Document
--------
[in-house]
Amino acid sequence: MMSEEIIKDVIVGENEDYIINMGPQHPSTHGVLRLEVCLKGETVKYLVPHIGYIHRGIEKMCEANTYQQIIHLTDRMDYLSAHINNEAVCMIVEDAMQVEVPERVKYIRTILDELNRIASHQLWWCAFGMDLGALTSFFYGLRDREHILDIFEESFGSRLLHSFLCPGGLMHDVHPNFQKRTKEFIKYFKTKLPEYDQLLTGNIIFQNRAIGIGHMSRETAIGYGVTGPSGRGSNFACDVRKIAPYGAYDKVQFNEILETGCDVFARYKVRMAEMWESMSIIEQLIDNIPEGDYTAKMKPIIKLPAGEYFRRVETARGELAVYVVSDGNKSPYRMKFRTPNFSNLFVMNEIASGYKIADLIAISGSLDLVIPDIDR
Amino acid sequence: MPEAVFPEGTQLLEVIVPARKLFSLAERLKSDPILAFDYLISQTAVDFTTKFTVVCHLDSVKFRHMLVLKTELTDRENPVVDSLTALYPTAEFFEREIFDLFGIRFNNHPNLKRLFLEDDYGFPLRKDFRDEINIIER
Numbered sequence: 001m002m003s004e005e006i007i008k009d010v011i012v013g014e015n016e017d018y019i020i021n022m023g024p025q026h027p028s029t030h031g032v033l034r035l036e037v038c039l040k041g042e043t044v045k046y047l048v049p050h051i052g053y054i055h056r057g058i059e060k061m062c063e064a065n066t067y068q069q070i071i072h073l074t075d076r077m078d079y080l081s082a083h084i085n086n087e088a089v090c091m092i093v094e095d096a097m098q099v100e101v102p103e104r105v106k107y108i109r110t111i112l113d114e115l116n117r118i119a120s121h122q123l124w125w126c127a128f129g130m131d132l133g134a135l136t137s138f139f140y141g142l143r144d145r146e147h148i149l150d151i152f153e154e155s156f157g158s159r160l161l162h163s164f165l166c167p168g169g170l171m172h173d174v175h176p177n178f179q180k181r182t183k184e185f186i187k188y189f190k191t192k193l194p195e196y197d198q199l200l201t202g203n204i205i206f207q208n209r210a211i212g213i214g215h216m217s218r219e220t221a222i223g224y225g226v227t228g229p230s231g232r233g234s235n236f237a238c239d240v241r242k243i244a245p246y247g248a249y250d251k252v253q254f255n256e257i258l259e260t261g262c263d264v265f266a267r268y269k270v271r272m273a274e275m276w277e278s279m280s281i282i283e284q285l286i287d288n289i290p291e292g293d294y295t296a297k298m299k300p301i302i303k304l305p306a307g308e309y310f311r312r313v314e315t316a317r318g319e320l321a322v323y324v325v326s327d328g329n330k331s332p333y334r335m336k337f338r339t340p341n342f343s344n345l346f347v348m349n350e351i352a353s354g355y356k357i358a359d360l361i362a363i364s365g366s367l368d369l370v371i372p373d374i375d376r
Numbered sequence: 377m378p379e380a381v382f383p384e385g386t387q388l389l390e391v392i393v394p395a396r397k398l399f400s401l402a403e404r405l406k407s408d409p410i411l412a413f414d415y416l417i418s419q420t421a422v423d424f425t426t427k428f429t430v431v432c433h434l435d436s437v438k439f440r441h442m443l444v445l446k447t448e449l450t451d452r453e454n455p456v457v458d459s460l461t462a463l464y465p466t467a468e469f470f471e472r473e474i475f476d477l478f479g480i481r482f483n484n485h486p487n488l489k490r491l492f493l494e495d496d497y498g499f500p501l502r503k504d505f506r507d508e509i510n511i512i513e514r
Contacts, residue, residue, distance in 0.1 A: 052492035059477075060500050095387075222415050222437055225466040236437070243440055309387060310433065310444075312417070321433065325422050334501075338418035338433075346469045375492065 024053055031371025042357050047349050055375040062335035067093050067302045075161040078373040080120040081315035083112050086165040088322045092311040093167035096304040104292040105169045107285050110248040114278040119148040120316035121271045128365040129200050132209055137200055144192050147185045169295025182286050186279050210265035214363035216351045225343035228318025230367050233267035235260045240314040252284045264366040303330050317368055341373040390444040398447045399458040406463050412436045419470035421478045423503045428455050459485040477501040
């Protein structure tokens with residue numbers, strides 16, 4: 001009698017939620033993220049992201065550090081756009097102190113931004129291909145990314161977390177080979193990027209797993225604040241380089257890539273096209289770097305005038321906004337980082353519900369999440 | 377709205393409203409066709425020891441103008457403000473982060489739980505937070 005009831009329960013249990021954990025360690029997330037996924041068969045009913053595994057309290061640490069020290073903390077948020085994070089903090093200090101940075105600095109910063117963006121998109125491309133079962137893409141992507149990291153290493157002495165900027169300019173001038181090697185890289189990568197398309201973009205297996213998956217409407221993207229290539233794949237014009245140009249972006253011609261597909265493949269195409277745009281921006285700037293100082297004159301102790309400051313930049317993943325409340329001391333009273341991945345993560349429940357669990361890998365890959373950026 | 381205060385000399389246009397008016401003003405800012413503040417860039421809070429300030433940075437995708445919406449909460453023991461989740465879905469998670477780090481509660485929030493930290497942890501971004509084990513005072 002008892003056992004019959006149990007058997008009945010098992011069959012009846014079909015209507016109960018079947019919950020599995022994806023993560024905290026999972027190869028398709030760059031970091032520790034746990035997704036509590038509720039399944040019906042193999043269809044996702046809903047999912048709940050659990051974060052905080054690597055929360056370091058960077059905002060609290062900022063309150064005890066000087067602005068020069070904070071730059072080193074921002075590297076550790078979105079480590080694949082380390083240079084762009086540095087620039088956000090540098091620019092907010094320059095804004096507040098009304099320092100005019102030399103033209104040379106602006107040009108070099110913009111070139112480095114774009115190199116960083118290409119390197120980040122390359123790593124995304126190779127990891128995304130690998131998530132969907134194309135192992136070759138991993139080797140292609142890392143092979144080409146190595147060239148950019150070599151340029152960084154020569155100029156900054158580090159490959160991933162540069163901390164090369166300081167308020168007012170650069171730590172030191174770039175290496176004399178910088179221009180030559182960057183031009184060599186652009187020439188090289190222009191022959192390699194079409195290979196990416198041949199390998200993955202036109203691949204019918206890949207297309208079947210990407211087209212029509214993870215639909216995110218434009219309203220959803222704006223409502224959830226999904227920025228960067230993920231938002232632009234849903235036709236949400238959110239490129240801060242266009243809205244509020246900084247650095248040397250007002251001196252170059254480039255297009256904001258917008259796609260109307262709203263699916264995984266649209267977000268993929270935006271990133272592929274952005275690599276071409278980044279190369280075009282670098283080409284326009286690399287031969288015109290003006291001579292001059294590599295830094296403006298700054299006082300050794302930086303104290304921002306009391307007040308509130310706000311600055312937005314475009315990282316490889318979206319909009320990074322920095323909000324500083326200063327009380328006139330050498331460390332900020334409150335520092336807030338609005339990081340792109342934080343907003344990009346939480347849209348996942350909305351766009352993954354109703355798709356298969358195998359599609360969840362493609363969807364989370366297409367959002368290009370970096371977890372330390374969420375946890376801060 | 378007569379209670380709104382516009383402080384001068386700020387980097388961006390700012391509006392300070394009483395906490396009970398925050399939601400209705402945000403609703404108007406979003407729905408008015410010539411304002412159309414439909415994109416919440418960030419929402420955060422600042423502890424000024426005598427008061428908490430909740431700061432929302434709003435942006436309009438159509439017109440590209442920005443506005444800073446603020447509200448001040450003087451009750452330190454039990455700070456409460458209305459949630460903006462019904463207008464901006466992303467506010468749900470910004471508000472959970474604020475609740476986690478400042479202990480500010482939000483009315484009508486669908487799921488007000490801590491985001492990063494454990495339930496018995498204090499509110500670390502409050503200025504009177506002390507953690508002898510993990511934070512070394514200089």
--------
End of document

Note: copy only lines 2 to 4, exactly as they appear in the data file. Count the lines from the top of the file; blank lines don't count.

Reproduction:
Amino acid sequence: MMSEEIIKDVIVGENEDYIINMGPQHPSTHGVLRLEVCLKGETVKYLVPHIGYIHRGIEKMCEANTYQQIIHLTDRMDYLSAHINNEAVCMIVEDAMQVEVPERVKYIRTILDELNRIASHQLWWCAFGMDLGALTSFFYGLRDREHILDIFEESFGSRLLHSFLCPGGLMHDVHPNFQKRTKEFIKYFKTKLPEYDQLLTGNIIFQNRAIGIGHMSRETAIGYGVTGPSGRGSNFACDVRKIAPYGAYDKVQFNEILETGCDVFARYKVRMAEMWESMSIIEQLIDNIPEGDYTAKMKPIIKLPAGEYFRRVETARGELAVYVVSDGNKSPYRMKFRTPNFSNLFVMNEIASGYKIADLIAISGSLDLVIPDIDR
Amino acid sequence: MPEAVFPEGTQLLEVIVPARKLFSLAERLKSDPILAFDYLISQTAVDFTTKFTVVCHLDSVKFRHMLVLKTELTDRENPVVDSLTALYPTAEFFEREIFDLFGIRFNNHPNLKRLFLEDDYGFPLRKDFRDEINIIER
Numbered sequence: 001m002m003s004e005e006i007i008k009d010v011i012v013g014e015n016e017d018y019i020i021n022m023g024p025q026h027p028s029t030h031g032v033l034r035l036e037v038c039l040k041g042e043t044v045k046y047l048v049p050h051i052g053y054i055h056r057g058i059e060k061m062c063e064a065n066t067y068q069q070i071i072h073l074t075d076r077m078d079y080l081s082a083h084i085n086n087e088a089v090c091m092i093v094e095d096a097m098q099v100e101v102p103e104r105v106k107y108i109r110t111i112l113d114e115l116n117r118i119a120s121h122q123l124w125w126c127a128f129g130m131d132l133g134a135l136t137s138f139f140y141g142l143r144d145r146e147h148i149l150d151i152f153e154e155s156f157g158s159r160l161l162h163s164f165l166c167p168g169g170l171m172h173d174v175h176p177n178f179q180k181r182t183k184e185f186i187k188y189f190k191t192k193l194p195e196y197d198q199l200l201t202g203n204i205i206f207q208n209r210a211i212g213i214g215h216m217s218r219e220t221a222i223g224y225g226v227t228g229p230s231g232r233g234s235n236f237a238c239d240v241r242k243i244a245p246y247g248a249y250d251k252v253q254f255n256e257i258l259e260t261g262c263d264v265f266a267r268y269k270v271r272m273a274e275m276w277e278s279m280s281i282i283e284q285l286i287d288n289i290p291e292g293d294y295t296a297k298m299k300p301i302i303k304l305p306a307g308e309y310f311r312r313v314e315t316a317r318g319e320l321a322v323y324v325v326s327d328g329n330k331s332p333y334r335m336k337f338r339t340p341n342f343s344n345l346f347v348m349n350e351i352a353s354g355y356k357i358a359d360l361i362a363i364s365g366s367l368d369l370v371i372p373d374i375d376r